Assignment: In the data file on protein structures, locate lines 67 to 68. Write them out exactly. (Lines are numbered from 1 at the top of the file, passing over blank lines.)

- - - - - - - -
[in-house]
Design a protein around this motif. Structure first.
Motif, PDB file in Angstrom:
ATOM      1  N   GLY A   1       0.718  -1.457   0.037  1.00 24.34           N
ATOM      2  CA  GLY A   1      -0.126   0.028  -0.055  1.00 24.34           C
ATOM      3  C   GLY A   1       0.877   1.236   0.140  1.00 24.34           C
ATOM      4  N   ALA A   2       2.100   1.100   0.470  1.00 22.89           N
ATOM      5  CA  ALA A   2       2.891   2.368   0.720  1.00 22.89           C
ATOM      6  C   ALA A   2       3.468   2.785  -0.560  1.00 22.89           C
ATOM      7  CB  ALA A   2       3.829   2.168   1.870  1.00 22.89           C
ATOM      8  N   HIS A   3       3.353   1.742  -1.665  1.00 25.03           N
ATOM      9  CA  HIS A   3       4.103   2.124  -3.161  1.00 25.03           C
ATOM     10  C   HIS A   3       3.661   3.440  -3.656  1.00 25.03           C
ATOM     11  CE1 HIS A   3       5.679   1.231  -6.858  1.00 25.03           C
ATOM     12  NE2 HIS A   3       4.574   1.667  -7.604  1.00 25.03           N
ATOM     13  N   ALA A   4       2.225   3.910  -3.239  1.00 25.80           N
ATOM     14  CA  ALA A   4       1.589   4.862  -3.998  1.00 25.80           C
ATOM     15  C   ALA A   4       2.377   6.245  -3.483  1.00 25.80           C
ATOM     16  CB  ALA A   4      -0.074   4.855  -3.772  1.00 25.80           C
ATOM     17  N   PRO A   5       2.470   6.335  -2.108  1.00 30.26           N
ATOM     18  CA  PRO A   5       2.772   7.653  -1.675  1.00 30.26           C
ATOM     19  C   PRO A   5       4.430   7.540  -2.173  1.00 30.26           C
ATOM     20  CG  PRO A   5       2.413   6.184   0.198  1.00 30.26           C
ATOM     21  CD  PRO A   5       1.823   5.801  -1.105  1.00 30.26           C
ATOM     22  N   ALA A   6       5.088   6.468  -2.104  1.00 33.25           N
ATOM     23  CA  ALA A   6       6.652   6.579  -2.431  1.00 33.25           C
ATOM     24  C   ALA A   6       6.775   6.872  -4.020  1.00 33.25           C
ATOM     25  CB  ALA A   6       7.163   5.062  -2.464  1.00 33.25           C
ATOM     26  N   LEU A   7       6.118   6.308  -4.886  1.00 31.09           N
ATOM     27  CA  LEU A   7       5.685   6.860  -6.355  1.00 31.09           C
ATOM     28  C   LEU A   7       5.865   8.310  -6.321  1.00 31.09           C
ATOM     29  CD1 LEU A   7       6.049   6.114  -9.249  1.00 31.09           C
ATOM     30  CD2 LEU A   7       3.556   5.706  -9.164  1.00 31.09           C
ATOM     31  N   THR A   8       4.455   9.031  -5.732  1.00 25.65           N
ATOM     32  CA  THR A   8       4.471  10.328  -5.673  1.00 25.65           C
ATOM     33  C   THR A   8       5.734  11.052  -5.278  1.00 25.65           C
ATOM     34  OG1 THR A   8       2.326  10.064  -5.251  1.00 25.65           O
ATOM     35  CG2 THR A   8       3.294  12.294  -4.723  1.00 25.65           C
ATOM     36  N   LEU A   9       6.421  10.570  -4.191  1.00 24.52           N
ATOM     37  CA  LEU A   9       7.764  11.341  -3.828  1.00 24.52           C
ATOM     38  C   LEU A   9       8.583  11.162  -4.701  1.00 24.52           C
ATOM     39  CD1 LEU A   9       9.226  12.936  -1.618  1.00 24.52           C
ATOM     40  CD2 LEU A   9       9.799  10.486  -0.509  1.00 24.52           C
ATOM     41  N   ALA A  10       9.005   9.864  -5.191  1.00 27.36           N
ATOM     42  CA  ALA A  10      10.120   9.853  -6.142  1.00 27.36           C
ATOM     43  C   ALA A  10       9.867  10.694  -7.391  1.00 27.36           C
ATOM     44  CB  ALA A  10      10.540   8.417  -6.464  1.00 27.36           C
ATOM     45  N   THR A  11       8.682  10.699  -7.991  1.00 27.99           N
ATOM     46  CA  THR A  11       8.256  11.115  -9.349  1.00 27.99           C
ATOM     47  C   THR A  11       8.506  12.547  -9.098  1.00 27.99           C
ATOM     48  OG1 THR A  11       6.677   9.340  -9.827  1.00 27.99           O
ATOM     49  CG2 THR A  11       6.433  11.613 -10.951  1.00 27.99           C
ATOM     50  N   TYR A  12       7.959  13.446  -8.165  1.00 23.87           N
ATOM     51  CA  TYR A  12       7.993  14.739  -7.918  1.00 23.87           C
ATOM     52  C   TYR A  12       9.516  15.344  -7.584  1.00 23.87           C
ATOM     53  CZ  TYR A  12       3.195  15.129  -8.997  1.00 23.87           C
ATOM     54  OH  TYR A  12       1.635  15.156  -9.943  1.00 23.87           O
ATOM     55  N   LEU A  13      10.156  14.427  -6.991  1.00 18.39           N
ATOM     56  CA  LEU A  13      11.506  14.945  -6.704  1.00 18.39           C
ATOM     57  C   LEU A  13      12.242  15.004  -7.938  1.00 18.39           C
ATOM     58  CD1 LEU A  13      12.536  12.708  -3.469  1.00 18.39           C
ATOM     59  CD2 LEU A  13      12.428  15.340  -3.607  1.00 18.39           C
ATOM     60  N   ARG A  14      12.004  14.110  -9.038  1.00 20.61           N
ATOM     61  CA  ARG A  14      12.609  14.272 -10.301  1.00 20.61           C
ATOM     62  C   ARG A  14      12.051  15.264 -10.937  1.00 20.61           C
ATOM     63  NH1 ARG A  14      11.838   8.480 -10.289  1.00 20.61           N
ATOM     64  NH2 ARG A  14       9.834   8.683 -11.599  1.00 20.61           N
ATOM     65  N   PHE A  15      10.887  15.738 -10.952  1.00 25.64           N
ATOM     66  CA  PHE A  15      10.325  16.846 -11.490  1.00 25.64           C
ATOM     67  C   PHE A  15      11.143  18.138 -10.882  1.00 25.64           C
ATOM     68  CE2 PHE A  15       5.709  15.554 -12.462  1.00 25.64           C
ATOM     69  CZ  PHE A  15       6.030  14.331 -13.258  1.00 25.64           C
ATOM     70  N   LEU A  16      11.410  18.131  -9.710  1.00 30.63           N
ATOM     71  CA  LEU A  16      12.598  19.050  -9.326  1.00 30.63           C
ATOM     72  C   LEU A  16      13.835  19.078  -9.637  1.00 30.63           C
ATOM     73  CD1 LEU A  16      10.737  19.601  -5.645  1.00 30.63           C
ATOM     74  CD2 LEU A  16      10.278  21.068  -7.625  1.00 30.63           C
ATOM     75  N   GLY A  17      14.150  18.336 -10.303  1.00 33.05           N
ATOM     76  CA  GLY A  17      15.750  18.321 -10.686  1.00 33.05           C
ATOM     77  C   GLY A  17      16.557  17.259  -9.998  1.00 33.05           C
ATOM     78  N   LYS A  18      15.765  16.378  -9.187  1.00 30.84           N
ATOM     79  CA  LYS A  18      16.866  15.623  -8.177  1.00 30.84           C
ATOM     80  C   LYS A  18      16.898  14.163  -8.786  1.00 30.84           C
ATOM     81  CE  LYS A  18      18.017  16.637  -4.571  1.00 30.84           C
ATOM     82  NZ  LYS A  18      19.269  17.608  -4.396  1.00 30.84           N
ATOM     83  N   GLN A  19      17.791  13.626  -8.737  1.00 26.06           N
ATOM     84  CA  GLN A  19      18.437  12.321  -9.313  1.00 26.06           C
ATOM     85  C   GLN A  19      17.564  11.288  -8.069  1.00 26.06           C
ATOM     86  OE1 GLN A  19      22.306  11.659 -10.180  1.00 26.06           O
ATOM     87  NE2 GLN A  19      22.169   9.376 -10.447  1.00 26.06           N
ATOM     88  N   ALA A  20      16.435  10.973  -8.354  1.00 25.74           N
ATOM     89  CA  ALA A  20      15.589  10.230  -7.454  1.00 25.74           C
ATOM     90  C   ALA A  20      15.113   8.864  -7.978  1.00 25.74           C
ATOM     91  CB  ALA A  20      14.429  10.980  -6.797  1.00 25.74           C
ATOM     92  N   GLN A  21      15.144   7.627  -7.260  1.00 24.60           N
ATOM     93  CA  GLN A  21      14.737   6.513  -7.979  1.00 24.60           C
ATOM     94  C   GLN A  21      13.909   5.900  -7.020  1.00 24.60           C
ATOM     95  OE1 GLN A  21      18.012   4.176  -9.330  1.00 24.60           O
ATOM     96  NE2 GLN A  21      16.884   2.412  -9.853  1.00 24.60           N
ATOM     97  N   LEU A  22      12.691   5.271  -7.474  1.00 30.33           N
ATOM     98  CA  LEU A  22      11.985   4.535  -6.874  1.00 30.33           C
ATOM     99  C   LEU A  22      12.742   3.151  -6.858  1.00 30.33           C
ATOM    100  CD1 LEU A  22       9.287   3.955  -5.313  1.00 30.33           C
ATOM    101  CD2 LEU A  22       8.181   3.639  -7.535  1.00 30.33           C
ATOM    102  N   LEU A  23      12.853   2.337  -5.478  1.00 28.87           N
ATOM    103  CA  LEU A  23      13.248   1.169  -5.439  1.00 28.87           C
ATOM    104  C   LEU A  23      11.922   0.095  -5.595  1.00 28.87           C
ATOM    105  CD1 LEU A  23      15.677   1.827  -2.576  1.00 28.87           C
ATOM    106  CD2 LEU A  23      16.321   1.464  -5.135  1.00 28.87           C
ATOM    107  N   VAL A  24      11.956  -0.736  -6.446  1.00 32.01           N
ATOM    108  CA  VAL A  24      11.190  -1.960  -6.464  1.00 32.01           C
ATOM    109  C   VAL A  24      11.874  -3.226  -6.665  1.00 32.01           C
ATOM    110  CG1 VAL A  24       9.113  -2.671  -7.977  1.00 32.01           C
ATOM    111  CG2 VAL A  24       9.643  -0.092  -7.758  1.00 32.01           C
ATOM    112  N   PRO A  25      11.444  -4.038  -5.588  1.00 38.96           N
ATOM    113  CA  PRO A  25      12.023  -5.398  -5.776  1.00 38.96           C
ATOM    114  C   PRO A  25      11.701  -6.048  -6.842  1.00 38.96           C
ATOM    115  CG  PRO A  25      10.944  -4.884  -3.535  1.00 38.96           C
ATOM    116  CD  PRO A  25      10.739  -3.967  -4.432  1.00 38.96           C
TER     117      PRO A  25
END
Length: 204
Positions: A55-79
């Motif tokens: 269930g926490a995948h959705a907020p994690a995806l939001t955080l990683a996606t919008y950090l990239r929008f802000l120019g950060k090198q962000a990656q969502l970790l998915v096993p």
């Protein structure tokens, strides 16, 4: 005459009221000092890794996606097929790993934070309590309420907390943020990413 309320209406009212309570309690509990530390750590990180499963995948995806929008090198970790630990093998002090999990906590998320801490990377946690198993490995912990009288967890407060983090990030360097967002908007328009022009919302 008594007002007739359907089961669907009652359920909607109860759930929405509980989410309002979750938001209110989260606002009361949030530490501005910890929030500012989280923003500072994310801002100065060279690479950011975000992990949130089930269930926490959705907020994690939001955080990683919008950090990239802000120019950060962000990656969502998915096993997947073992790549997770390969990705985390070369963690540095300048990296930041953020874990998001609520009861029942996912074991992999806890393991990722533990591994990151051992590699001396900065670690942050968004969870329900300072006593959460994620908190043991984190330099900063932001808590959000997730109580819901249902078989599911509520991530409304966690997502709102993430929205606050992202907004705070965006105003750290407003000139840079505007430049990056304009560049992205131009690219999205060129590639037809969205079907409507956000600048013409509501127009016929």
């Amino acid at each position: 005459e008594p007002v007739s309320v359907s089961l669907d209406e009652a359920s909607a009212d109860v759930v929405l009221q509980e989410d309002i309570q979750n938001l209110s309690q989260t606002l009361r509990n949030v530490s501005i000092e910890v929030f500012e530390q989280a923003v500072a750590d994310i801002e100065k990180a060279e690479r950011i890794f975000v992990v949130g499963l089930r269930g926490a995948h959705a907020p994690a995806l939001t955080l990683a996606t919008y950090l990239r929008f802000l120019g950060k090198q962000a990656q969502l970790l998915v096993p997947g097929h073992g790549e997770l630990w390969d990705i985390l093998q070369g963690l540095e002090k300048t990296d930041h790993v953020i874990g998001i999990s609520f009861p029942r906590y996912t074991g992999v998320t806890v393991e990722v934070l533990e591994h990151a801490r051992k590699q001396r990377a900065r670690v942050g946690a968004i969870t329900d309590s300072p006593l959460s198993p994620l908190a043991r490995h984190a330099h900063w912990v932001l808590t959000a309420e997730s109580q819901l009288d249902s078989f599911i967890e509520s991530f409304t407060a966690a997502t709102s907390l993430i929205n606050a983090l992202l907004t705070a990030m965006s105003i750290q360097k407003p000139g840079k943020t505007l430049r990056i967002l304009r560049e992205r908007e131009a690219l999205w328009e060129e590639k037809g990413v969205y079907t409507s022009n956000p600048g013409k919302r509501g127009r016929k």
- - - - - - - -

ATOM     64  NH2 ARG A  14       9.834   8.683 -11.599  1.00 20.61           N
ATOM     65  N   PHE A  15      10.887  15.738 -10.952  1.00 25.64           N